Martin shuffled down the street, his hands shoved down into the pockets of his overcoat. The rain splattered on the material and slid right off. Not even rain could bother Martin Coughlin, one of the Dublin's greatest crime bosses. He outranked the IRA and all the other families; he was bigger than big. No one, nothing could touch him. Or so he thought.
Someone was about to change all that.
A shadow leaned against the brick wall of an alleyway, arms crossed and long hair shadowing the face. It watched as Martin continued down the street without missing a beat. Now the hair was pushed back behind the ears, revealing a pretty face. Sharp features accented the darting green eyes and the hair red as fire. It could have been any Irishwoman, but this one was different. She dug into her own pocket and pulled out a small-caliber handgun. The woman listened as a bullet entered the chamber with a sharp click. She had heard the sound many times before, but it sounded like poetry every time.
"Coughlin." She called. He laughed as he turned around, still ignoring the rain.
"Ah, we meet again. Who are you this time? Oh, I suppose it doesn't matter."
"No, it doesn't." she agreed. The lilt in her voice made her words snap with staccato accents. The gun seemed to almost level itself at Martin's head; the movement was unconscious yet precise.
"You realize that killing me will only make things worse. This city is nothing without me."
"You sure do give yourself some real credit, Coughlin." the woman noted, her curtain of hair falling into her eyes. She seemed not to notice. "Personally, I think Dublin would be much better off if scum like you were taken off the streets."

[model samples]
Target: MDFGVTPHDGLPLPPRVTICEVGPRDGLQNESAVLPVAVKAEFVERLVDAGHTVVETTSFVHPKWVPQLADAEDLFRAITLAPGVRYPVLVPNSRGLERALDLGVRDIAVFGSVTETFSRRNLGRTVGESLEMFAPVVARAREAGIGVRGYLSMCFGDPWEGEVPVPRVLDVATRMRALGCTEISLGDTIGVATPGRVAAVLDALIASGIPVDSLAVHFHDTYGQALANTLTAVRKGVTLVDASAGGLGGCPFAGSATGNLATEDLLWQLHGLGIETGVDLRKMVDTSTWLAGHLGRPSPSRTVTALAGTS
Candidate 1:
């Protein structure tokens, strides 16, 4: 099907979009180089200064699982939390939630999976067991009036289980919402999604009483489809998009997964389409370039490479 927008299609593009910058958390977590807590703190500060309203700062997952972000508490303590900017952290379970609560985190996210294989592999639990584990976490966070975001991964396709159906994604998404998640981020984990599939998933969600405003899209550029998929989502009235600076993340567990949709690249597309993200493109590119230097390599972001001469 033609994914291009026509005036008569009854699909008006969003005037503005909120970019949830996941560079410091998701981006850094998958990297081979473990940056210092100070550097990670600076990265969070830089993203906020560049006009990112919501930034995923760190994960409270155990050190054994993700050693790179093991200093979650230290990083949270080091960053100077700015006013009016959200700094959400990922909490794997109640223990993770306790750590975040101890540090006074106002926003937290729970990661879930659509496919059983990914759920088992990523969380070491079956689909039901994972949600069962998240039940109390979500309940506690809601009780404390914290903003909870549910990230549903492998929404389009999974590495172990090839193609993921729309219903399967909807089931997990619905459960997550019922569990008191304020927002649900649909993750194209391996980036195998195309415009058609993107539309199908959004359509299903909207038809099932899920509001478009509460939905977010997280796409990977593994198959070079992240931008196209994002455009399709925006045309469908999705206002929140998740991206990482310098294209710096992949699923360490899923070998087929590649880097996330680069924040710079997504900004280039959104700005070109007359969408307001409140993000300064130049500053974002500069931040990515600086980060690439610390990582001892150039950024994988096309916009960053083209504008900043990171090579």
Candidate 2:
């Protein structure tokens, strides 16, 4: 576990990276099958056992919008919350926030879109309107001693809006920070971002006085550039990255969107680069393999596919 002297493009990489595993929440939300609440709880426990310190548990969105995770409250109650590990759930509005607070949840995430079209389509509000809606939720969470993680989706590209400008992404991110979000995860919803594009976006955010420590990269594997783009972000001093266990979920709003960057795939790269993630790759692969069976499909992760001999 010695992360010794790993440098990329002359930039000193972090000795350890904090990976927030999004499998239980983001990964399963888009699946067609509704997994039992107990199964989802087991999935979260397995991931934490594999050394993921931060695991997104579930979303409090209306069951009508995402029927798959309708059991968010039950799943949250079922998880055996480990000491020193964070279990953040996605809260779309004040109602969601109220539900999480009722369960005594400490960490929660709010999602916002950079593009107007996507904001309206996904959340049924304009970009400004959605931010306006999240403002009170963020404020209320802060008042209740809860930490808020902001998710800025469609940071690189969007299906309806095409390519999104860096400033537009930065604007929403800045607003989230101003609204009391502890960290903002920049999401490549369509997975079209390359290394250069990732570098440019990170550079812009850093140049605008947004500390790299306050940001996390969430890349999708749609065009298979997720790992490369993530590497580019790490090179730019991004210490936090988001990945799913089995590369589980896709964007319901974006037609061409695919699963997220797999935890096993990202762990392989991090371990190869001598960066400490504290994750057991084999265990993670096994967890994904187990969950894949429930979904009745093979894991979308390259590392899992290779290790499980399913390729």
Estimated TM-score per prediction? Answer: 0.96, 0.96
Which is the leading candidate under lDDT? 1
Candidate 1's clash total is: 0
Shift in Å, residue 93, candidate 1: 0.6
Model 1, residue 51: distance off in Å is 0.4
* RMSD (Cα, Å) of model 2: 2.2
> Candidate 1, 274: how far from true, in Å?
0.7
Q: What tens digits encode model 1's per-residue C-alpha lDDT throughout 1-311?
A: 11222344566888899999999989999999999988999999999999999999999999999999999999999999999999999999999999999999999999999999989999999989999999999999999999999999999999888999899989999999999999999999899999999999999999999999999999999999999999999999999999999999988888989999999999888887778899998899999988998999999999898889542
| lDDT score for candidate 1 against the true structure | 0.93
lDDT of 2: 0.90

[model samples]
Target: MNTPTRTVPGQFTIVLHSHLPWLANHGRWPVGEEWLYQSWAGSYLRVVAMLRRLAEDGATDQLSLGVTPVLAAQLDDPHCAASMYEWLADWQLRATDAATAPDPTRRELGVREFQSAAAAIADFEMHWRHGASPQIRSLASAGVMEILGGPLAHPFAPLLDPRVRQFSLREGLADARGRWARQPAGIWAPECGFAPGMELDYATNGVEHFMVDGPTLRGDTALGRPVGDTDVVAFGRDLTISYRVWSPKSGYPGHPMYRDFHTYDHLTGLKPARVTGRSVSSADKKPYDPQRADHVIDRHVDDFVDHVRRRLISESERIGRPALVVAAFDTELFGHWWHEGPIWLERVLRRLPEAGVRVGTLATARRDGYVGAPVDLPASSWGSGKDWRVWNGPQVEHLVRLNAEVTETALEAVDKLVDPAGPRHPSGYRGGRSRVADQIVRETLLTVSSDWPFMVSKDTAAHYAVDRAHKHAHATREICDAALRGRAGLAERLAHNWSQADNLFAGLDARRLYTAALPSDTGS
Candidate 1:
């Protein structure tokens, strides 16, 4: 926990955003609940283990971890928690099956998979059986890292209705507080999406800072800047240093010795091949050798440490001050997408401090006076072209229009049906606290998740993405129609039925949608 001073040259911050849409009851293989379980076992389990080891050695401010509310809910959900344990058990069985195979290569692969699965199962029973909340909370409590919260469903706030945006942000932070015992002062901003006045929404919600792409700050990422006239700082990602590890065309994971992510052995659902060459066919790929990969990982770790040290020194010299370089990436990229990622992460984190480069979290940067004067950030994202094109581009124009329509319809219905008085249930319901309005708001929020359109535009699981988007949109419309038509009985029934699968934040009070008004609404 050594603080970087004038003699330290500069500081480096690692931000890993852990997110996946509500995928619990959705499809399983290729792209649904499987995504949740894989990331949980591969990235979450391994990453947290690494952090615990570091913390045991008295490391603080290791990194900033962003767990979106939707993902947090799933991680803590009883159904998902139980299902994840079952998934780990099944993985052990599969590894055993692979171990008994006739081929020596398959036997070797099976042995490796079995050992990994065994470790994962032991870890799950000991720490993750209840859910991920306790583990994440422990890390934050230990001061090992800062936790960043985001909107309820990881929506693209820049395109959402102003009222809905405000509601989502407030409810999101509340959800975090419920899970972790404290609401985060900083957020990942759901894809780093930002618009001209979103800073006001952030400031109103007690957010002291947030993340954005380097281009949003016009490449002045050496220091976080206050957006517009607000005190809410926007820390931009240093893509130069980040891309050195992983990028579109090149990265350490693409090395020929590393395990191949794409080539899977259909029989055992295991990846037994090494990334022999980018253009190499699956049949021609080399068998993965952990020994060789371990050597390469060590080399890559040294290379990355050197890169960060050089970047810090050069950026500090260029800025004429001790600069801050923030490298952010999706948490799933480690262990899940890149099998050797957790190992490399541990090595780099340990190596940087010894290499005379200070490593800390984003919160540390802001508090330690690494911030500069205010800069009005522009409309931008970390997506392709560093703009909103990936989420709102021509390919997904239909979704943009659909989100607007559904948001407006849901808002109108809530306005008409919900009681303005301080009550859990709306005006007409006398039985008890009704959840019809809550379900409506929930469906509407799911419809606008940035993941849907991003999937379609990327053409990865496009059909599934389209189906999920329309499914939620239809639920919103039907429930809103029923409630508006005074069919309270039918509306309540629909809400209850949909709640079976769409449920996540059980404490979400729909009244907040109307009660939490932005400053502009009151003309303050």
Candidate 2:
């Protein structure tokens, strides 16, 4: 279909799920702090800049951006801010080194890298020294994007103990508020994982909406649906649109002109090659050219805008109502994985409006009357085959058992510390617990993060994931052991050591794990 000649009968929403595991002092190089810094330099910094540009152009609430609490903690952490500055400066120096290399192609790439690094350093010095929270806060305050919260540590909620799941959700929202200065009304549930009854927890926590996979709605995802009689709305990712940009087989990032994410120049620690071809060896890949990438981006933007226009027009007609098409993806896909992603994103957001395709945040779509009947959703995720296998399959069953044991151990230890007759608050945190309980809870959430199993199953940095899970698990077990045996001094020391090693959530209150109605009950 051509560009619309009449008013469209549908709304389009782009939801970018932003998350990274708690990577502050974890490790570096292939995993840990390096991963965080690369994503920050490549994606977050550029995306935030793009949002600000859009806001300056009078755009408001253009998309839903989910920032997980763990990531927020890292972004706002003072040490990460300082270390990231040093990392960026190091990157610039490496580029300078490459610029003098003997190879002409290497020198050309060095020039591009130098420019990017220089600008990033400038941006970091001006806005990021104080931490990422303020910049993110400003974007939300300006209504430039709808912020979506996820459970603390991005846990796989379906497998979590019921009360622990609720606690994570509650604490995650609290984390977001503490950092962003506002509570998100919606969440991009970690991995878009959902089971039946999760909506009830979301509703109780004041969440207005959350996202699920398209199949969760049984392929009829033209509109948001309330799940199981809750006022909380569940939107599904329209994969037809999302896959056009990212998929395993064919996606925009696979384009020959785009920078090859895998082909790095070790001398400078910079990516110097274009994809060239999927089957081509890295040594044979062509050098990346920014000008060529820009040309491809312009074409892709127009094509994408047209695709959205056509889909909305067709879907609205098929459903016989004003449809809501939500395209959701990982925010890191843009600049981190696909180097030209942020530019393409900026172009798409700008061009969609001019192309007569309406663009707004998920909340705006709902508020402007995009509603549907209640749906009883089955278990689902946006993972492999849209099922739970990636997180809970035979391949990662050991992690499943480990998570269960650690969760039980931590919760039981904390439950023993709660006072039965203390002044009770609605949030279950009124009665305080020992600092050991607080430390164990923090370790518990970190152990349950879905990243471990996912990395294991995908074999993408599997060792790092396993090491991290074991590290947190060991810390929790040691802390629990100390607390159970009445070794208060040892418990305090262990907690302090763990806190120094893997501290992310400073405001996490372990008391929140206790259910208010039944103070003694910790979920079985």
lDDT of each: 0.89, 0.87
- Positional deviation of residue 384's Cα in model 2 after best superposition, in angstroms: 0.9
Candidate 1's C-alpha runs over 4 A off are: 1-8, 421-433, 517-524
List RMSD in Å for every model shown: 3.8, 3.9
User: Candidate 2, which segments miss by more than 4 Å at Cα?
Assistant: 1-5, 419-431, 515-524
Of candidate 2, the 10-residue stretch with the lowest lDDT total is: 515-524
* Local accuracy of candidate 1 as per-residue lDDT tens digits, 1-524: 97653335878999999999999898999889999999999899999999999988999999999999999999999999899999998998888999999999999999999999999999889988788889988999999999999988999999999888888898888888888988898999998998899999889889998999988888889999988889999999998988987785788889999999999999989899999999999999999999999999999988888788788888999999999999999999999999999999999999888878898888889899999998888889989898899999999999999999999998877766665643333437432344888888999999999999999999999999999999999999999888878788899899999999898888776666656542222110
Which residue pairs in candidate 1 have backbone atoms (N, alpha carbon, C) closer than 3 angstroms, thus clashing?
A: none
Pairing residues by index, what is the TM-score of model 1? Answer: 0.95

The sound of the gun cocking echoed down the street, ringing over the storefronts and vanishing behind the bricks.
"What if I told you I knew who you were?" Martin announced, unphased by being so close to death.
His would-be killer was equally stoic, yet something passed over the emerald in her eyes. It was almost like a mist, there for an instant then gone before most could register the change. But Martin Coughlin saw it, and he knew exactly what it was.
"It's not very professional to be afraid." He paused, as though some fact had escaped him. "It's Miss Drake, isn't it?" he finally asked.
No sooner were the words out of his mouth then the fatal bullet found its target, right between his eyes.
The rain took the blood towards a storm drain as the woman knelt next to the body. Lifting his coat open with the butt of the gun, she noticed a photo nestled inside the inner pocket. She pulled out a tissue and gingerly pulled the photo free.
Turning it over, that same feeling of fear passed over her face.
It was a photo of her, an agent of the dark, without her shield.
She'd been made.